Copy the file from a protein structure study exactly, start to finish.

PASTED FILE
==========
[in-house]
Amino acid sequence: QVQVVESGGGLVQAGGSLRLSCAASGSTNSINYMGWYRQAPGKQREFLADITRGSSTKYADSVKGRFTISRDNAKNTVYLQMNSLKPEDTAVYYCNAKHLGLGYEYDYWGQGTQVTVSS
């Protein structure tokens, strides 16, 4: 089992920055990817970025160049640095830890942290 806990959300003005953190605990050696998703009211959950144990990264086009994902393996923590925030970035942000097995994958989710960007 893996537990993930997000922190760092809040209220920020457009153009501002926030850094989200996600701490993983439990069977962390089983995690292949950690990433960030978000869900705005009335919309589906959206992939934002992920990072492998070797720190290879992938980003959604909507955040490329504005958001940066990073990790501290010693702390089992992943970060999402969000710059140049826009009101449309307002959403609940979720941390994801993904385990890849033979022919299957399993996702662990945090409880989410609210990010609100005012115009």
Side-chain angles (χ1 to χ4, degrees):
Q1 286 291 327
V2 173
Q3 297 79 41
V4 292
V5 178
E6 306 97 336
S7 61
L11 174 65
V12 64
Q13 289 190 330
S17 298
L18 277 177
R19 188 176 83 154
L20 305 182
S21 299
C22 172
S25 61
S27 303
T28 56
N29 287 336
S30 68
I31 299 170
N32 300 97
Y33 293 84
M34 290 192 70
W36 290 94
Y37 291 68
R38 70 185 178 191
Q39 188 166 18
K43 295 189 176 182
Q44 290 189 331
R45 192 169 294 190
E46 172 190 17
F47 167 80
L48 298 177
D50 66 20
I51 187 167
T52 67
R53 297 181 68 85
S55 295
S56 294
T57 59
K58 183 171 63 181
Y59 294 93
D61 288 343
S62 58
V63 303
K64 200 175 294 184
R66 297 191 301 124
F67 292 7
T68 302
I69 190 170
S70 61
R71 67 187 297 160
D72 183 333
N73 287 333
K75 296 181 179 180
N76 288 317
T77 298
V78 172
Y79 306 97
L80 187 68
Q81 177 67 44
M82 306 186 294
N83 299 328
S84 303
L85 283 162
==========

[in-house]
Amino acid sequence: QVQVVESGGGLVQAGGSLRLSCAASGSTNSINYMGWYRQAPGKQREFLADITRGSSTKYADSVKGRFTISRDNAKNTVYLQMNSLKPEDTAVYYCNAKHLGLGYEYDYWGQGTQVTVSS
């Protein structure tokens, strides 16, 4: 089992920055990817970025160049640095830890942290 806990959300003005953190605990050696998703009211959950144990990264086009994902393996923590925030970035942000097995994958989710960007 893996537990993930997000922190760092809040209220920020457009153009501002926030850094989200996600701490993983439990069977962390089983995690292949950690990433960030978000869900705005009335919309589906959206992939934002992920990072492998070797720190290879992938980003959604909507955040490329504005958001940066990073990790501290010693702390089992992943970060999402969000710059140049826009009101449309307002959403609940979720941390994801993904385990890849033979022919299957399993996702662990945090409880989410609210990010609100005012115009």
Side-chain angles (χ1 to χ4, degrees):
Q1 286 291 327
V2 173
Q3 297 79 41
V4 292
V5 178
E6 306 97 336
S7 61
L11 174 65
V12 64
Q13 289 190 330
S17 298
L18 277 177
R19 188 176 83 154
L20 305 182
S21 299
C22 172
S25 61
S27 303
T28 56
N29 287 336
S30 68
I31 299 170
N32 300 97
Y33 293 84
M34 290 192 70
W36 290 94
Y37 291 68
R38 70 185 178 191
Q39 188 166 18
K43 295 189 176 182
Q44 290 189 331
R45 192 169 294 190
E46 172 190 17
F47 167 80
L48 298 177
D50 66 20
I51 187 167
T52 67
R53 297 181 68 85
S55 295
S56 294
T57 59
K58 183 171 63 181
Y59 294 93
D61 288 343
S62 58
V63 303
K64 200 175 294 184
R66 297 191 301 124
F67 292 7
T68 302
I69 190 170
S70 61
R71 67 187 297 160
D72 183 333
N73 287 333
K75 296 181 179 180
N76 288 317
T77 298
V78 172
Y79 306 97
L80 187 68
Q81 177 67 44
M82 306 186 294
N83 299 328
S84 303
L85 283 162